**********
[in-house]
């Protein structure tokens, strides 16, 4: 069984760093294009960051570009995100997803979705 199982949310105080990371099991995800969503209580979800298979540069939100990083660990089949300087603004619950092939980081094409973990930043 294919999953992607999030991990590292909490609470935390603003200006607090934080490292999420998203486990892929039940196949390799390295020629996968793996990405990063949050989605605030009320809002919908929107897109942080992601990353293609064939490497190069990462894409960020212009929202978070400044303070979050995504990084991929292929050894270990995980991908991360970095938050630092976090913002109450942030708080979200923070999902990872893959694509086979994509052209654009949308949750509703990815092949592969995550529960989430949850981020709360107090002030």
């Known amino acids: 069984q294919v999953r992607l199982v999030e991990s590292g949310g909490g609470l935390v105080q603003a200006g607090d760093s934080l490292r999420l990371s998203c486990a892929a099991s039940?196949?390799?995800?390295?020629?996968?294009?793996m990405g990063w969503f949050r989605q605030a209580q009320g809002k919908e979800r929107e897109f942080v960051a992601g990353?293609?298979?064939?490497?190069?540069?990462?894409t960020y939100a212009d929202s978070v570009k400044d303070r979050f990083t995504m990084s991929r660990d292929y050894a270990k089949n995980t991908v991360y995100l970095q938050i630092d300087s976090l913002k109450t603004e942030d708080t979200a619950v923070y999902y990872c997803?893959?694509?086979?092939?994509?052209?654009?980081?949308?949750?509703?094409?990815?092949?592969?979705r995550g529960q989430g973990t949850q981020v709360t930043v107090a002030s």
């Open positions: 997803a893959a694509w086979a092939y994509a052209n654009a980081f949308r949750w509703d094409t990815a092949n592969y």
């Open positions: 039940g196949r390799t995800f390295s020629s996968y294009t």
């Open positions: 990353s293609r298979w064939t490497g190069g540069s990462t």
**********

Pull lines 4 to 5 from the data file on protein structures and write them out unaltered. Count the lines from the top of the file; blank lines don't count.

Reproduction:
């Open positions: 997803a893959a694509w086979a092939y994509a052209n654009a980081f949308r949750w509703d094409t990815a092949n592969y």
């Open positions: 039940g196949r390799t995800f390295s020629s996968y294009t």